Wilcox: Rauner and General Assembly need to make tough choices in state's financial crisis
Failure of a progressive-tax constitutional amendment is good news for Illinois taxpayers who must remain vigilant of any similar attempts by lawmakers in Springfield, a McHenry County board member running for state Senate said during a recent interview.
"For decades, Illinois has continued the slide down a fiscal cliff that has only been compounded by the response of our residents to flee in droves," Craig Wilcox, who represents District 4 on the McHenry County board and is running to represent Illinois state Senate District 32, said during a McHenry Times interview.
"I cannot in good conscience support a proposal that flies in the face of the principle of equality under the law. The people of Illinois already bear one of the most onerous tax burdens in the nation as it is, yet the 800-pound gorilla is the accumulated debt from decades of over-promising and over-spending. The fact that the Illinois Democrats want to change the state income tax from one that treats everyone equally to one that segregates people into different classes is remarkable, especially given their recent rhetoric on the importance of equality in our society."
Wilcox's comments came shortly after an Illinois Policy Institute report about the progressive-tax constitutional amendment that did not make it out of the General Assembly this year. The measure effectively died after a resolution filed in April by House Minority Leader Jim Durkin (R-Western Springs) gained enough support in the House to prove to supporters of the constitutional amendment that they could not gain a supermajority that would have been required to get a spot on the ballot in November's General Election, according to the Illinois Policy Institute report.
"The IPI report demonstrates that the average family in communities like those in your district will pay more in taxes," Wilcox said told the McHenry Times. "Should the middle-income families you talk to pay more?"
The answer to that question should be "no," Wilcox said.
"The constant rise in the tax burden placed on middle-income families in my district has pushed many people to a breaking point," he said.
"These perpetual tax-and-spend policies are only serving to hemorrhage more taxpayers as they flee to states that do a better job of respecting the fruits of their labor. My service in the Illinois Senate will be primarily focused on fighting for the rights and interests of all Illinois taxpayers. Illinois desperately needs some warriors down in Springfield who are willing to stand up and fight back against the highway robbery that is taking place in the General Assembly."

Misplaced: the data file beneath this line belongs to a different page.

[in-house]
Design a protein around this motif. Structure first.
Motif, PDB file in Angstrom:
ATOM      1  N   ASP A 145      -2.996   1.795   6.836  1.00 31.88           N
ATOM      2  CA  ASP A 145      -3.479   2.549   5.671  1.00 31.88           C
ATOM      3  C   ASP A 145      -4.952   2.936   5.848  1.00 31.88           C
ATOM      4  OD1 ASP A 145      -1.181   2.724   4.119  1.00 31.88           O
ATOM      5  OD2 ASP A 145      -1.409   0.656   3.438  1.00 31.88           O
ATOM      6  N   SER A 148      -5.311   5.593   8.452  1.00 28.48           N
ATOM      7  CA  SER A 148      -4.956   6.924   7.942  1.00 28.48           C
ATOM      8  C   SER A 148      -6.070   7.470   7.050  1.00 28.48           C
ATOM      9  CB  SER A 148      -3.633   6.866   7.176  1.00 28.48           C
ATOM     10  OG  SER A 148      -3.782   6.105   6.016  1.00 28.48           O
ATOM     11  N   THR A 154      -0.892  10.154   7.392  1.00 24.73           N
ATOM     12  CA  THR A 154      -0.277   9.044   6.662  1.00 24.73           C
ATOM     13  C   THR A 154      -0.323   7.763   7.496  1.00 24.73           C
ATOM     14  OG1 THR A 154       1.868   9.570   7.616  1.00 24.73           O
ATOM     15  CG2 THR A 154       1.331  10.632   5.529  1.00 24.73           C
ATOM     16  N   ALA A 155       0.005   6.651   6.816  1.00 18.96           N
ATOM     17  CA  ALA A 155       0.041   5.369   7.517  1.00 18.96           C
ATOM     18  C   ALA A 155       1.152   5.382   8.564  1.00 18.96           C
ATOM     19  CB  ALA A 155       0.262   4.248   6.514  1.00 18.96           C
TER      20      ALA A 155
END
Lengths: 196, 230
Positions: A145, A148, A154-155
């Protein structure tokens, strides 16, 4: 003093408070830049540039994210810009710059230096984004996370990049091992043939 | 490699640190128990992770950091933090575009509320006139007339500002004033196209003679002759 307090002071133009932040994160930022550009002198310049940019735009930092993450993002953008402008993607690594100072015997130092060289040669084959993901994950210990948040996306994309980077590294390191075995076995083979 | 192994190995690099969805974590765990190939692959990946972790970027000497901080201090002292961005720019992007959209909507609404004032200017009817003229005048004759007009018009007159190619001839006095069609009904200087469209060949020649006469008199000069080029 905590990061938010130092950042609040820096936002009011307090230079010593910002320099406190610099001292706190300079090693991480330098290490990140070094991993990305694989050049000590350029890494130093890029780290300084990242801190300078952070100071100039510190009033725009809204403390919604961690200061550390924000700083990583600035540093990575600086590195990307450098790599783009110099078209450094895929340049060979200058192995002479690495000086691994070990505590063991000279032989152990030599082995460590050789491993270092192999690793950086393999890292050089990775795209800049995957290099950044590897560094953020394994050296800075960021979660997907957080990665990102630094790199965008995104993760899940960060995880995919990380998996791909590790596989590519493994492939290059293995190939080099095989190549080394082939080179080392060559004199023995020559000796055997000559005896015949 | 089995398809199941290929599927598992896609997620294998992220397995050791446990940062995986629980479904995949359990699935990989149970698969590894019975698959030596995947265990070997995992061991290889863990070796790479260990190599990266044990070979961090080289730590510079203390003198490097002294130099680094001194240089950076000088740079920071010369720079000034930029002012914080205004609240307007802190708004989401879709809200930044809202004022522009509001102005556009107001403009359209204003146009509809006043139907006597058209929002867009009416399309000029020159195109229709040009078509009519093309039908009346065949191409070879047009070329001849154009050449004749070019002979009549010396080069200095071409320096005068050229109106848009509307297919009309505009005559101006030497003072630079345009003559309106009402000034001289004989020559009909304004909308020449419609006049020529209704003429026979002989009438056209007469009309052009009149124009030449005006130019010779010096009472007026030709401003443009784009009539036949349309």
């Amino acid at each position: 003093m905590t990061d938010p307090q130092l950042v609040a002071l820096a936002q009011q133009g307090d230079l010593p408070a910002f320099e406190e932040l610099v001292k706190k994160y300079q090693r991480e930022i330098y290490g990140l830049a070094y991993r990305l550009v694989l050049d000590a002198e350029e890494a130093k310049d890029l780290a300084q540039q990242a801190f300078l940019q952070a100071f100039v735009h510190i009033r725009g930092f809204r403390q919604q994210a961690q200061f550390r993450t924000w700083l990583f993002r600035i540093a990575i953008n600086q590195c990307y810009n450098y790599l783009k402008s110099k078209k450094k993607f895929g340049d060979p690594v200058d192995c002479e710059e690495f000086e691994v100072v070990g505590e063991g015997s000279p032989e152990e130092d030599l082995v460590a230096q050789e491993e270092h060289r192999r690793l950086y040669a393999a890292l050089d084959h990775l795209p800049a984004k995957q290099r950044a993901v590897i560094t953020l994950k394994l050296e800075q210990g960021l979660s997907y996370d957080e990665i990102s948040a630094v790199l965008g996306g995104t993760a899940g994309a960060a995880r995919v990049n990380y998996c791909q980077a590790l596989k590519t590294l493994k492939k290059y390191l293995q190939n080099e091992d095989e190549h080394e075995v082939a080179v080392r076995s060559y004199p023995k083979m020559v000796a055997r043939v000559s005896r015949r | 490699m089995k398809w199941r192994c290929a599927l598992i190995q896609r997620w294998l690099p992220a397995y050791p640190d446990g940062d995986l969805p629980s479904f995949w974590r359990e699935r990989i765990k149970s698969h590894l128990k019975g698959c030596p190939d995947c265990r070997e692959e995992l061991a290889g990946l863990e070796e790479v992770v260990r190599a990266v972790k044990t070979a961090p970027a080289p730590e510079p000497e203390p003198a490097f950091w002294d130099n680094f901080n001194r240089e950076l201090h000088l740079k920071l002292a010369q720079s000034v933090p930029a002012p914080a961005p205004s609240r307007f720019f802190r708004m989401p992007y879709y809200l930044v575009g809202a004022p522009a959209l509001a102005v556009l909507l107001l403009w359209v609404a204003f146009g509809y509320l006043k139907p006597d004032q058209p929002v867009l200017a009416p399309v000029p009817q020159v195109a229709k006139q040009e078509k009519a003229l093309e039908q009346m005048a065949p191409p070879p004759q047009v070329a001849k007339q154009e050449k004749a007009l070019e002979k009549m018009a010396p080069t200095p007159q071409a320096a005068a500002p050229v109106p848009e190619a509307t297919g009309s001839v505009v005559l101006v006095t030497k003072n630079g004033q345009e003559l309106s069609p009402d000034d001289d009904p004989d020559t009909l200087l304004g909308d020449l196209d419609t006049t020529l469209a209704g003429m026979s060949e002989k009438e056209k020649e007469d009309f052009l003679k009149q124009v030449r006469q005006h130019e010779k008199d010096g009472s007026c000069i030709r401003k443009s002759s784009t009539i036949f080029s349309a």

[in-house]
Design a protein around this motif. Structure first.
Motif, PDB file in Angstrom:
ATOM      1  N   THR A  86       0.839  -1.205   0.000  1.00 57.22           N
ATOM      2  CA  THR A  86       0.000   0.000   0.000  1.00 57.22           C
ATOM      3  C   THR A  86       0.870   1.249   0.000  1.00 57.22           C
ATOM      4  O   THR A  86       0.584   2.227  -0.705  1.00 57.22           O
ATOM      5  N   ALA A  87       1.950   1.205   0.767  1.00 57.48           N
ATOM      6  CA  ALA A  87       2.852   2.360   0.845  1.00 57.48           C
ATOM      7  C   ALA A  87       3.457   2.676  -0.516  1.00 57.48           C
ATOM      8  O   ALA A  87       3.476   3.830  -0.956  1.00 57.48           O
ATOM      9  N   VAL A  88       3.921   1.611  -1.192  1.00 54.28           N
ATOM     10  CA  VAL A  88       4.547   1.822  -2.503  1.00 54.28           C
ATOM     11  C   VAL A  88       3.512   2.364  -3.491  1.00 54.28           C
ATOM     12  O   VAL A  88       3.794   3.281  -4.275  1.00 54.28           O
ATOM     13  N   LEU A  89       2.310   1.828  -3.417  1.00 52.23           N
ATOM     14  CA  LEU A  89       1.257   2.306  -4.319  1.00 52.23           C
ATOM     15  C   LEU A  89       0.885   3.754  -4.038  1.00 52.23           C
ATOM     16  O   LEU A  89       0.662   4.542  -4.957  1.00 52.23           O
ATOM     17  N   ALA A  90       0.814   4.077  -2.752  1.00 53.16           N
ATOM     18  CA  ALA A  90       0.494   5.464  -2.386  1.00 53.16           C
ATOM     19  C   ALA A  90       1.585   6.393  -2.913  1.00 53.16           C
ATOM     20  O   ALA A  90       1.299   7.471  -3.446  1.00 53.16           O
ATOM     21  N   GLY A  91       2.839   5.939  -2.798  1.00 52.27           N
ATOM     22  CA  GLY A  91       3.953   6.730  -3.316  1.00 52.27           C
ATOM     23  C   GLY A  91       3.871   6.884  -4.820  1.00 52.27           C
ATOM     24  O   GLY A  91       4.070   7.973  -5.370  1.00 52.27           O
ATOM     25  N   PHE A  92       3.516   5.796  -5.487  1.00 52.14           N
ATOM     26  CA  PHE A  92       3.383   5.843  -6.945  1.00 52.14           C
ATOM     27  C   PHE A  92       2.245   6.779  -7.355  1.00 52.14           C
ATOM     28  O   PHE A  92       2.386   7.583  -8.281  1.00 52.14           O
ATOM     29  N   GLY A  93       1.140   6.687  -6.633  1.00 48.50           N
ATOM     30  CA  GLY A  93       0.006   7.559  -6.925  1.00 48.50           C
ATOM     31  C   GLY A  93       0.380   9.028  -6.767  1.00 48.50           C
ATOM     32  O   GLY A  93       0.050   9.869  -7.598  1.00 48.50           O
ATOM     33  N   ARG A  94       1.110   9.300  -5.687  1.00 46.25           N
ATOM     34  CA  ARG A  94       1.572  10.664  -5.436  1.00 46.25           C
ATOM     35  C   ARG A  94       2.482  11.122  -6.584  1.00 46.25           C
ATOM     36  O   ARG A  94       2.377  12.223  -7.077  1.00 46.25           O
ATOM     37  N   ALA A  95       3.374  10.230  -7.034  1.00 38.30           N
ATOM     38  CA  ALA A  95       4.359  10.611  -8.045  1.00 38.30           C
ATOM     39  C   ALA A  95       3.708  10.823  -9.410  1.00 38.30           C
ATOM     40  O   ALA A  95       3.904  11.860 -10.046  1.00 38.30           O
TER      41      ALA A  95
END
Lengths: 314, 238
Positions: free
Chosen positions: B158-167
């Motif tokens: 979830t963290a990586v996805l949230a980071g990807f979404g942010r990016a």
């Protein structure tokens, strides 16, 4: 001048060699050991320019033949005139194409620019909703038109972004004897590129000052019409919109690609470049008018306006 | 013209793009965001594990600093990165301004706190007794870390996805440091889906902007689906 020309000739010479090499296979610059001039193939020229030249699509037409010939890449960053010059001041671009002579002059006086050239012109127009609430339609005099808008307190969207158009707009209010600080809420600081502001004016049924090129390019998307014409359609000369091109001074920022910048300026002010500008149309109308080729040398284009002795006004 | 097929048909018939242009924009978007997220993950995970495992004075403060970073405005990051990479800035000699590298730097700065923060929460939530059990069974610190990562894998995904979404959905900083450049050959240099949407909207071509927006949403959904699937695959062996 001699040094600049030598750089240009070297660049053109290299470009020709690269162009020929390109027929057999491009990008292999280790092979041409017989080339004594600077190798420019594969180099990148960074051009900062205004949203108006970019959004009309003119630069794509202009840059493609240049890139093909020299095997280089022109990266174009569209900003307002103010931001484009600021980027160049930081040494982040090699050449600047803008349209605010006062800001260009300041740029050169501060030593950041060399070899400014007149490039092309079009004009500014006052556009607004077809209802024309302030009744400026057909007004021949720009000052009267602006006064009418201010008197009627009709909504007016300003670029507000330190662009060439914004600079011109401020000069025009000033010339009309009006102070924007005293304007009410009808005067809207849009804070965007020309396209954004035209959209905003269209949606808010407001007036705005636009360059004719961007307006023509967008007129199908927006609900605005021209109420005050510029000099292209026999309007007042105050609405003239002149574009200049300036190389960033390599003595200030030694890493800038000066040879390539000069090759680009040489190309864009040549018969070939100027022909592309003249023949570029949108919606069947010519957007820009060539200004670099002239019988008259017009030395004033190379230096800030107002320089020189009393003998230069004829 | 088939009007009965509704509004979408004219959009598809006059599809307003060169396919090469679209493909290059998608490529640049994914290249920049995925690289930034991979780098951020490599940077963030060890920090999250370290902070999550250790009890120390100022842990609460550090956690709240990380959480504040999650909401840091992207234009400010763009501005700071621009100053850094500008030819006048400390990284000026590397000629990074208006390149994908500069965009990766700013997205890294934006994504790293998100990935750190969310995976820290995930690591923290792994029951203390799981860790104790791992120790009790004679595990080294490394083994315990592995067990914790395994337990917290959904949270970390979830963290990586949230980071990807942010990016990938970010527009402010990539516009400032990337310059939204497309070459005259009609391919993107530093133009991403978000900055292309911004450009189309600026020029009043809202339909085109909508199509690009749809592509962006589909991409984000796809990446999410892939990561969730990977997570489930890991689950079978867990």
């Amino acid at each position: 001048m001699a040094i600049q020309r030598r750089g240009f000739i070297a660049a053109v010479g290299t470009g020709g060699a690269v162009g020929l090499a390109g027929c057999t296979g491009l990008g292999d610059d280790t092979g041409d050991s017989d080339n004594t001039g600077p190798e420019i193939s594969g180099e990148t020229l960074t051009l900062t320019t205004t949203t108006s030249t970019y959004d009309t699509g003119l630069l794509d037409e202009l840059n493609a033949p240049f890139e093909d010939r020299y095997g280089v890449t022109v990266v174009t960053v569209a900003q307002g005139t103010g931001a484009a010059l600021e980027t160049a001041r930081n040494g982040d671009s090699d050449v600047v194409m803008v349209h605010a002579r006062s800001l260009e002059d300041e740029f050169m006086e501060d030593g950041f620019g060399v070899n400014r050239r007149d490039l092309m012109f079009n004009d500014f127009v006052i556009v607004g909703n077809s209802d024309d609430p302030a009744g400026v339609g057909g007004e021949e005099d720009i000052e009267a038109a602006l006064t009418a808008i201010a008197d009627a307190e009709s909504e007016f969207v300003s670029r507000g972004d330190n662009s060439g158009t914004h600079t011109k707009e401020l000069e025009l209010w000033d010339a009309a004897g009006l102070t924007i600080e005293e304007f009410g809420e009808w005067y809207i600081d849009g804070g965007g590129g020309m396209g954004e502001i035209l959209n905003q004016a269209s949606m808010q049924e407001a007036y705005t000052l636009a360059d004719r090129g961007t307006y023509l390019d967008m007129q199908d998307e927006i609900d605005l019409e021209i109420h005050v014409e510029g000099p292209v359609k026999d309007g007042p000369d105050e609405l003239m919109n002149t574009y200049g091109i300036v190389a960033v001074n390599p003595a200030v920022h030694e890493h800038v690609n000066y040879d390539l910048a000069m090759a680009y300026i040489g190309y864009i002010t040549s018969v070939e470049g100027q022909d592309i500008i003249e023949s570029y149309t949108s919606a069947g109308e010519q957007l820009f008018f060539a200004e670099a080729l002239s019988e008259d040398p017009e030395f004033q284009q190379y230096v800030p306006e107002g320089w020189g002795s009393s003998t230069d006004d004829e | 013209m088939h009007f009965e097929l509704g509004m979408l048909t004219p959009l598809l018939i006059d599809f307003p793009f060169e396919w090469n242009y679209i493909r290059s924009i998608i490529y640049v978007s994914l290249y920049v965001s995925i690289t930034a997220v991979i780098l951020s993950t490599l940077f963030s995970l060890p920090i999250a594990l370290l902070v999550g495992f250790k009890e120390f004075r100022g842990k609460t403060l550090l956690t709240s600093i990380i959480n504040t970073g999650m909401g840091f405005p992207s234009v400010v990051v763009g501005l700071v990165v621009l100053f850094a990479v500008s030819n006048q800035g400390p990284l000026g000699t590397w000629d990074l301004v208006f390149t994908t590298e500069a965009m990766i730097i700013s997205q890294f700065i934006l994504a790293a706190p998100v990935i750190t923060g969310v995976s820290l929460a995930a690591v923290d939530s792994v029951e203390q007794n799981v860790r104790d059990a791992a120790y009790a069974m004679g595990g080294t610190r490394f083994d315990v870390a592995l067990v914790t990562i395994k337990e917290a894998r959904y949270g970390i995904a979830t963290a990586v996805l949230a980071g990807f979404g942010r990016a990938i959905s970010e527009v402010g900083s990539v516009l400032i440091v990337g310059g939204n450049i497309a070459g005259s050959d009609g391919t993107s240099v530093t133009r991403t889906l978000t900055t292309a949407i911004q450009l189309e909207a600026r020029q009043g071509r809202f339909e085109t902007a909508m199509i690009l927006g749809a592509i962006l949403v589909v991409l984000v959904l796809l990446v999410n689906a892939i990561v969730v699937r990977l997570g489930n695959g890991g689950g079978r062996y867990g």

Wilcox, who is running against Democrat McHenry Township Assessor Mary Mahady, announced last summer his decision to run for the seat currently held by Illinois State Sen. Pamela J. Althoff (R-McHenry). Althoff, who first was elected to the chamber in 2002, is not running for re-election and her term expires in January.
Both Wilcox and Mahady were unopposed for the District 32 seat during the primaries in March.
Illinois state Senate District 32 is within Lake and McHenry counties, and includes Woodstock, McHenry, Crystal Lake and Fox Lake.
Rather than hike already-too-high taxes, Illinois lawmakers need to take a better look at what really will solve the state's financial problems, Wilcox said.
"Difficult problems are never solved easily; this is no exception," he said.
"The issues that we face are a result of decades of corruption and abuse that will take time, effort, sacrifice and dedication to resolve. We cannot begin to solve this issue though without first addressing our spending problems. Illinois has not had a balanced budget for 17 years. For decades, the General Assembly has produced budgets that rack up more debt as it kicks the can down the road. Undoubtedly, tough choices will need to be made, but it is necessary given the fiscal climate that Illinois is weathering."
The governor's office and the General Assembly have it in their hands to make those tough choices, Wilcox said.
"The Governor and General Assembly need to reduce the burden of unfunded mandates that come out of Springfield," he said. "The presence of these onerous mandates only serves to thwart more opportunities for creative ways to cut spending and increase government efficiency. By reducing unfunded liabilities and eliminating redundant regulatory costs, we can begin the process of turning Illinois into the economic powerhouse that it should be."